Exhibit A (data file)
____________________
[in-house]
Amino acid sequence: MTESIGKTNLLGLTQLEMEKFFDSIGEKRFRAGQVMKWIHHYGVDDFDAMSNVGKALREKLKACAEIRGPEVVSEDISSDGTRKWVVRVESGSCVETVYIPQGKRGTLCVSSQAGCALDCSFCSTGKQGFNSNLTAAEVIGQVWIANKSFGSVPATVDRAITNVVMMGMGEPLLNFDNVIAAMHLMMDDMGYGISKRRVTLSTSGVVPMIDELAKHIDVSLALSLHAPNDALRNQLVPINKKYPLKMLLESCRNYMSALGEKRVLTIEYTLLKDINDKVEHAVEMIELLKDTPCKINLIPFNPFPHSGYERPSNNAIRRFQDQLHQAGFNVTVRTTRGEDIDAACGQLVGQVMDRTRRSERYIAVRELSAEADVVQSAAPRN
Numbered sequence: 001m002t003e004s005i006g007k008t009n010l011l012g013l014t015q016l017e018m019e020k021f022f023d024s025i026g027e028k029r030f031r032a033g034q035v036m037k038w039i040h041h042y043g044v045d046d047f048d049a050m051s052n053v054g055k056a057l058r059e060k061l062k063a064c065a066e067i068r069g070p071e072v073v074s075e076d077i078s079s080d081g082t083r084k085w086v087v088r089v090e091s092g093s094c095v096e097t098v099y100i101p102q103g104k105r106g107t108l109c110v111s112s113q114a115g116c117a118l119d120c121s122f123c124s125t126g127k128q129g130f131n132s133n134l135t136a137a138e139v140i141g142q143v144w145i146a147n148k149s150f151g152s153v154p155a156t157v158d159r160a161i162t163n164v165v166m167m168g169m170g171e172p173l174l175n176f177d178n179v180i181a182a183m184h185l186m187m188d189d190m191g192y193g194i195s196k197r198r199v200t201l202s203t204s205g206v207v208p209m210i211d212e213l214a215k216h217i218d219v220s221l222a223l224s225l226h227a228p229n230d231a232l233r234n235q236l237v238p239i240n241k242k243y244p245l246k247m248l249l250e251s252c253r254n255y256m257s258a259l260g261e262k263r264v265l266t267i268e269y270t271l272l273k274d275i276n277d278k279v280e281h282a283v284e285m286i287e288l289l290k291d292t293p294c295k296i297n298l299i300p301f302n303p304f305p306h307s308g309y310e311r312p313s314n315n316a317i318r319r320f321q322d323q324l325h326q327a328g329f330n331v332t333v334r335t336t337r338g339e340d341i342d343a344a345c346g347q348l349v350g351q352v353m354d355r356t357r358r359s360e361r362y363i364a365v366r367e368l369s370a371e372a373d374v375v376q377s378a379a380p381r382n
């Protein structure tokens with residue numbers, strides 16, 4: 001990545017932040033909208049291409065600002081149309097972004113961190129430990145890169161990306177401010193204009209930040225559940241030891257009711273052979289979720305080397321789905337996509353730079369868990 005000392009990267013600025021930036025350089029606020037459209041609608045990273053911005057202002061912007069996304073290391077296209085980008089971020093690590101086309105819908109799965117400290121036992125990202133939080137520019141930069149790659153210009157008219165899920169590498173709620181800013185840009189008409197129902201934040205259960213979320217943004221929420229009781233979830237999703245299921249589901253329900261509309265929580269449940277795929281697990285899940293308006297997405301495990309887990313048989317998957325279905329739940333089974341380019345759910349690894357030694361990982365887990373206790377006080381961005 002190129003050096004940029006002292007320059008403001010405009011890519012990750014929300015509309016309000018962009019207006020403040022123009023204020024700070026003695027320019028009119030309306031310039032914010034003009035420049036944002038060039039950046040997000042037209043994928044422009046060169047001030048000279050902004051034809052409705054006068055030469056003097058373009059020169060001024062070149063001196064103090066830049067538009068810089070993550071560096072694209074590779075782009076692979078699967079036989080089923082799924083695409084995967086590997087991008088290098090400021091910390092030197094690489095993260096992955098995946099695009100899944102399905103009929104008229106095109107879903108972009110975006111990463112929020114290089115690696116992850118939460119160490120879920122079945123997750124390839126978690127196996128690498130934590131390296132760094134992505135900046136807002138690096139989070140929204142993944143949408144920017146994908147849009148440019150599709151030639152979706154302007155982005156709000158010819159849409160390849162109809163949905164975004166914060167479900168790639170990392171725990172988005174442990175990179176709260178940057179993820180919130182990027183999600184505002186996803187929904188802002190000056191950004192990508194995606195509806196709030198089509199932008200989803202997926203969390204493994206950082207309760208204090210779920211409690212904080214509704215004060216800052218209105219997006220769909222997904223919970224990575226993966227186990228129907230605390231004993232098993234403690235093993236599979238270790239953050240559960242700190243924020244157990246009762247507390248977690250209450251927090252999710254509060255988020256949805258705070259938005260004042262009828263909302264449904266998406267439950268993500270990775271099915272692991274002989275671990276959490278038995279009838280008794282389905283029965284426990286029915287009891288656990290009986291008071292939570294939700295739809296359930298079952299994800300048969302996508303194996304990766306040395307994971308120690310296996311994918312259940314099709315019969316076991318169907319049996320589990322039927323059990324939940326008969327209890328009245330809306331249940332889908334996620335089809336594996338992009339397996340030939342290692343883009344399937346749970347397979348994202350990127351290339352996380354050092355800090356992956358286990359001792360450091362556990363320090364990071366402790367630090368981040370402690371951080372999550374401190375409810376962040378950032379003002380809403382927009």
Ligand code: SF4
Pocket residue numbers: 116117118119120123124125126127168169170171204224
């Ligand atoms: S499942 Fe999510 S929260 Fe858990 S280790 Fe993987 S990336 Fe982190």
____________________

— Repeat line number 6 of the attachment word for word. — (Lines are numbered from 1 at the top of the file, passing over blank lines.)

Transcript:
Pocket residue numbers: 116117118119120123124125126127168169170171204224